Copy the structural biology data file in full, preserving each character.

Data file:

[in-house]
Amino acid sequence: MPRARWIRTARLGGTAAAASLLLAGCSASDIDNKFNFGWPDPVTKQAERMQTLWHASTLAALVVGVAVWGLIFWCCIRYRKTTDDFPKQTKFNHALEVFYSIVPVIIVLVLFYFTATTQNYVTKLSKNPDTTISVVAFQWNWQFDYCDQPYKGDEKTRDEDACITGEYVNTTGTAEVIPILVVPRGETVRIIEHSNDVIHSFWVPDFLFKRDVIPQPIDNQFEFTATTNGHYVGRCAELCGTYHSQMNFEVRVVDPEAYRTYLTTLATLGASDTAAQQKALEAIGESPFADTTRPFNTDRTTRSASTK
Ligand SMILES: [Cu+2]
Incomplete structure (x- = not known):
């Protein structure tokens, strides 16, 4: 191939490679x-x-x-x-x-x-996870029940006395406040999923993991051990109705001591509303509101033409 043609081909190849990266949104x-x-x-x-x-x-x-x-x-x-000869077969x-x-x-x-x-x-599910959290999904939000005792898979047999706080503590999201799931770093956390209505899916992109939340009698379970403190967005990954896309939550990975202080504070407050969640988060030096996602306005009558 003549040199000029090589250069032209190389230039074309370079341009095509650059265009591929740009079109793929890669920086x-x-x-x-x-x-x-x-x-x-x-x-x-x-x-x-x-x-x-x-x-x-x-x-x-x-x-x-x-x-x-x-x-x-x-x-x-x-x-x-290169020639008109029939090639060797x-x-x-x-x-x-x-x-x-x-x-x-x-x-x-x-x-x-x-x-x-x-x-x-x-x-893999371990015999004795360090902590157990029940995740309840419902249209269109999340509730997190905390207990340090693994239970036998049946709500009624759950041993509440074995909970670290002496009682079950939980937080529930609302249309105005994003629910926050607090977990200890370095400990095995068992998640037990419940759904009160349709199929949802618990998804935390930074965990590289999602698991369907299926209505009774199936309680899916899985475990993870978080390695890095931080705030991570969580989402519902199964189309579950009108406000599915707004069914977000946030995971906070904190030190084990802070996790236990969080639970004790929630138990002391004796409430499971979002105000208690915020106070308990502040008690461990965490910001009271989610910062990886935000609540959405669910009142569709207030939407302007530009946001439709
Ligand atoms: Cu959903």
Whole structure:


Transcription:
[in-house]
Amino acid sequence: MPRARWIRTARLGGTAAAASLLLAGCSASDIDNKFNFGWPDPVTKQAERMQTLWHASTLAALVVGVAVWGLIFWCCIRYRKTTDDFPKQTKFNHALEVFYSIVPVIIVLVLFYFTATTQNYVTKLSKNPDTTISVVAFQWNWQFDYCDQPYKGDEKTRDEDACITGEYVNTTGTAEVIPILVVPRGETVRIIEHSNDVIHSFWVPDFLFKRDVIPQPIDNQFEFTATTNGHYVGRCAELCGTYHSQMNFEVRVVDPEAYRTYLTTLATLGASDTAAQQKALEAIGESPFADTTRPFNTDRTTRSASTK
Ligand SMILES: [Cu+2]
Incomplete structure (x- = not known):
């Protein structure tokens, strides 16, 4: 191939490679x-x-x-x-x-x-996870029940006395406040999923993991051990109705001591509303509101033409 043609081909190849990266949104x-x-x-x-x-x-x-x-x-x-000869077969x-x-x-x-x-x-599910959290999904939000005792898979047999706080503590999201799931770093956390209505899916992109939340009698379970403190967005990954896309939550990975202080504070407050969640988060030096996602306005009558 003549040199000029090589250069032209190389230039074309370079341009095509650059265009591929740009079109793929890669920086x-x-x-x-x-x-x-x-x-x-x-x-x-x-x-x-x-x-x-x-x-x-x-x-x-x-x-x-x-x-x-x-x-x-x-x-x-x-x-x-290169020639008109029939090639060797x-x-x-x-x-x-x-x-x-x-x-x-x-x-x-x-x-x-x-x-x-x-x-x-x-x-893999371990015999004795360090902590157990029940995740309840419902249209269109999340509730997190905390207990340090693994239970036998049946709500009624759950041993509440074995909970670290002496009682079950939980937080529930609302249309105005994003629910926050607090977990200890370095400990095995068992998640037990419940759904009160349709199929949802618990998804935390930074965990590289999602698991369907299926209505009774199936309680899916899985475990993870978080390695890095931080705030991570969580989402519902199964189309579950009108406000599915707004069914977000946030995971906070904190030190084990802070996790236990969080639970004790929630138990002391004796409430499971979002105000208690915020106070308990502040008690461990965490910001009271989610910062990886935000609540959405669910009142569709207030939407302007530009946001439709
Ligand atoms: Cu959903």
Whole structure: